Honeybees, perhaps, are smarter than human beings – at least than newborns. They are capable of doing so much more than making honey, which is very useful for us humans, and playing an important role in pollinating, as a recent study found out.
It turns out that the insects can learn how to do basic math, calculate through addition and subtraction, once they are trained to do so, which is impressive because it shows us how the tiny creatures’ brains can be taught tasks as complicated as doing math.
Human brains have millions and even hundred millions of neurons; a mouse has 75 million, while a honeybee has an estimated 1 million neurons.
But don’t let that relatively small count deceive you, these insects are clever than we could have ever imagined.
University of Australia researchers, whose findings were published in Scientific Advances, concluded that language and the basic understanding of numbers are not prerequisites in order to learn basic arithmetic.
Coaching the Honeybees
How exactly did the researchers measure the mathematical abilities of the striped insects? It wasn’t like anything in school where we would look at the board and listen to our teachers who teach us 1+1 or 1-1.
First of all, honeybees can’t read nor recognize the minus and plus signs and teaching them would be rigorous.
So what the researchers did was to assign colors for each operation, which makes sense because the participants of the study have a very impressive color vision to see nectars.
There were 14 arthropods involved in the study, all of which were taught the arithmetic rules using Y-shaped apparatus that had blue or yellow shapes, the former for adding by 1 and the latter for subtracting by 1.
Once the honeybees see the shapes, they will enter a decision chamber, wherein they will be presented with two walls containing the answers. If they got the correct answer, they will be given sugar water, but if not, an off-putting quinine solution.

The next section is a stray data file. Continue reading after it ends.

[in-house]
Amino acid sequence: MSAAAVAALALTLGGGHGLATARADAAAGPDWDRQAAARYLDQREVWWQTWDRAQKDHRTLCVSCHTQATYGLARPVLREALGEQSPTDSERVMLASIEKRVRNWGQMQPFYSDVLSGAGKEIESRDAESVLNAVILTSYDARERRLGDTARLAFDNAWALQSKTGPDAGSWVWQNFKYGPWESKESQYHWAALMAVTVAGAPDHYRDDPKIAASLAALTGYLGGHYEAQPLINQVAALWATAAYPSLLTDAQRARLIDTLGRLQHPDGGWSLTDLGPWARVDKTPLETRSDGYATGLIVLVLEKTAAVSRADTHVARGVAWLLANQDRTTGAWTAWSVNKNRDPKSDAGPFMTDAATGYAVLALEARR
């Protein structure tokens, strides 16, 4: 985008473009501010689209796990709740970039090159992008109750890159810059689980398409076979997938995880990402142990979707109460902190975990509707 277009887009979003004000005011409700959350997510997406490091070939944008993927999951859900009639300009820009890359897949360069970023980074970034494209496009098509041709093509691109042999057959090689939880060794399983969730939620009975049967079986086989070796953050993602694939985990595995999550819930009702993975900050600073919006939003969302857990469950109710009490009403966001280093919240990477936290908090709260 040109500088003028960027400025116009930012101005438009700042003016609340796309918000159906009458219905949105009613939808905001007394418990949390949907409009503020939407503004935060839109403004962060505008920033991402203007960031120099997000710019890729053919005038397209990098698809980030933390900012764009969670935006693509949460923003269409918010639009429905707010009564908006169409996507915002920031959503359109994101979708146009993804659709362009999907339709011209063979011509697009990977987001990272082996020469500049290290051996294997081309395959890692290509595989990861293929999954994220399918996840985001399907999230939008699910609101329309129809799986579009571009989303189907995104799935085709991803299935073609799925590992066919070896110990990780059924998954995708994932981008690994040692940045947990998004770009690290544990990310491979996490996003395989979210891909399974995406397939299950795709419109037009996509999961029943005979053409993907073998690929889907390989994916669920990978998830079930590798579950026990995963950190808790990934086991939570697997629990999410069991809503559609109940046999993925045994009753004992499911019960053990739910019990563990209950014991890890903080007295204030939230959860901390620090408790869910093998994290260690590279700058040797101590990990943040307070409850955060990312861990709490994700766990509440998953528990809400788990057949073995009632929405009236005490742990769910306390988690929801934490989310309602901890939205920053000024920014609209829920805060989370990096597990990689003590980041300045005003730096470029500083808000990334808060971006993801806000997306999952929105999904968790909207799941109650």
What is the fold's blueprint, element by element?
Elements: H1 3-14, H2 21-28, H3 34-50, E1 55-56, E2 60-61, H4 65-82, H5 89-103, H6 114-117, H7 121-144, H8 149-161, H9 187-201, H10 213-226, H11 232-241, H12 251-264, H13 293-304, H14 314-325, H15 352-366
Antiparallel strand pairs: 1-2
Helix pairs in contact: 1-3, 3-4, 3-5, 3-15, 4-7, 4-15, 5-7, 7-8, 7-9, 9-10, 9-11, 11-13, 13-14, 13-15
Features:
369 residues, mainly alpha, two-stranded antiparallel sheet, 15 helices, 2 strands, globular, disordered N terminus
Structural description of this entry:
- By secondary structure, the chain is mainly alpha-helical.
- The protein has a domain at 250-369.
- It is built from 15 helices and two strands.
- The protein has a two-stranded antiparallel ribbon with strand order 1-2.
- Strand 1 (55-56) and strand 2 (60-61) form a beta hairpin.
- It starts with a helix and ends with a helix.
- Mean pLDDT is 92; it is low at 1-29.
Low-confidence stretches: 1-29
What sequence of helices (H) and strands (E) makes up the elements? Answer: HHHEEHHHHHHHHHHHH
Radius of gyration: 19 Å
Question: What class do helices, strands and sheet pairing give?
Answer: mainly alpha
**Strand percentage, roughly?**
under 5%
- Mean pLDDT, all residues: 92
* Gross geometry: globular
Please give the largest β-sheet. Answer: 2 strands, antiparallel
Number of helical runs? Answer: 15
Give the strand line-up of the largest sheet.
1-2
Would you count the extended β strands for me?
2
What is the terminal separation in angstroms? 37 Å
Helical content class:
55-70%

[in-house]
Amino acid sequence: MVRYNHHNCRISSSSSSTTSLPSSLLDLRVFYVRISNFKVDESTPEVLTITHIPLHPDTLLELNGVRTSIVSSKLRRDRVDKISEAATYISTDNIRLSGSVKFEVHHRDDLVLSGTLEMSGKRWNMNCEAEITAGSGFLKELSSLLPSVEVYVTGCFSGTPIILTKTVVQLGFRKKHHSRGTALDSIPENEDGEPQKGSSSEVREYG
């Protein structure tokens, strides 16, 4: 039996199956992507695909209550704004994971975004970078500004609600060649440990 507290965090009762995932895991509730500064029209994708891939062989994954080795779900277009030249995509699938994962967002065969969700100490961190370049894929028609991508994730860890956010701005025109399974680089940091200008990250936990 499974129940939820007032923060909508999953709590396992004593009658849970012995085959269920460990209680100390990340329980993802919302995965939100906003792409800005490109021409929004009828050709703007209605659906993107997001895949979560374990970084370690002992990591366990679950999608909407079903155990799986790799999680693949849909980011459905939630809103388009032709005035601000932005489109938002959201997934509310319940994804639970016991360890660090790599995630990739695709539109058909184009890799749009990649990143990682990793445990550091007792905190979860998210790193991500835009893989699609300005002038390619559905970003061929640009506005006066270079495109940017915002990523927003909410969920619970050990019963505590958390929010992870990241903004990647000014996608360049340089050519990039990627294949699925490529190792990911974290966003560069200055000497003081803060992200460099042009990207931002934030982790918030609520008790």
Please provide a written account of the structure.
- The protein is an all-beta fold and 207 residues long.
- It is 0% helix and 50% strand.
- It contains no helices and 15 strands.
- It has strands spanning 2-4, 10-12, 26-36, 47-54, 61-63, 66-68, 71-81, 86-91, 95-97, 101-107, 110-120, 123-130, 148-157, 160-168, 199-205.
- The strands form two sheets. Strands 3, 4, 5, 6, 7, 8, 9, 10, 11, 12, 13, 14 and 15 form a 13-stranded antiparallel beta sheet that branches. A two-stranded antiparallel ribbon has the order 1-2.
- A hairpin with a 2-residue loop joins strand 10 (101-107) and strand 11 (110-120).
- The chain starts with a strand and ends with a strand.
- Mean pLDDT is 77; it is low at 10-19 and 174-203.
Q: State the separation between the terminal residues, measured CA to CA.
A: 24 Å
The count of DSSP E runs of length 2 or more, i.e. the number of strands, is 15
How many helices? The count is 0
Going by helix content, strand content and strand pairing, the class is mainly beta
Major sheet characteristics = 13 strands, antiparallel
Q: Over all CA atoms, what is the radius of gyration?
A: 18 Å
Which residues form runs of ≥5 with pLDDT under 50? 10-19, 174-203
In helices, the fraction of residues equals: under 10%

As time went by and as the training reached about a hundred, the honeybees got better into analyzing the mathematical problems.
To put them into the final test, researchers set out a new ground that doesn’t have any punishment nor reward.
As a result, the insects got the answer between 63 and 72 percent each time, which, although would be a failing mark for us, humans, in reality, is surprisingly good for the animals.
The study proved that honeybees can very well join other animals that have numerical cognition as well like the African gray parrot Alex, spiders, orangutans, and chimpanzees.
The same group also concluded in a previous study that the insects are capable of understanding the concept of zero, which most kids wouldn’t grasp until they reach kindergarten.
While presumably most of us are impressed, everybody definitely was not sold. Queen Mary University of London’s Bee Sensory and Behavioral Ecology Lab expert Clint Perry said he was not persuaded about both the findings of the group about the honeybees.
He believes that adding and subtracting requires a higher level of cognitive ability and with such claims, the researchers must present stronger evidence to prove the point.
Specifically, Clint explained that the honeybees may not be calculating at all but were merely looking for the image that resembles the first one they saw and then linking it to the reward.
This hypothesis, the expert said, would result in 70 percent of answering correct, which is within the range of the findings.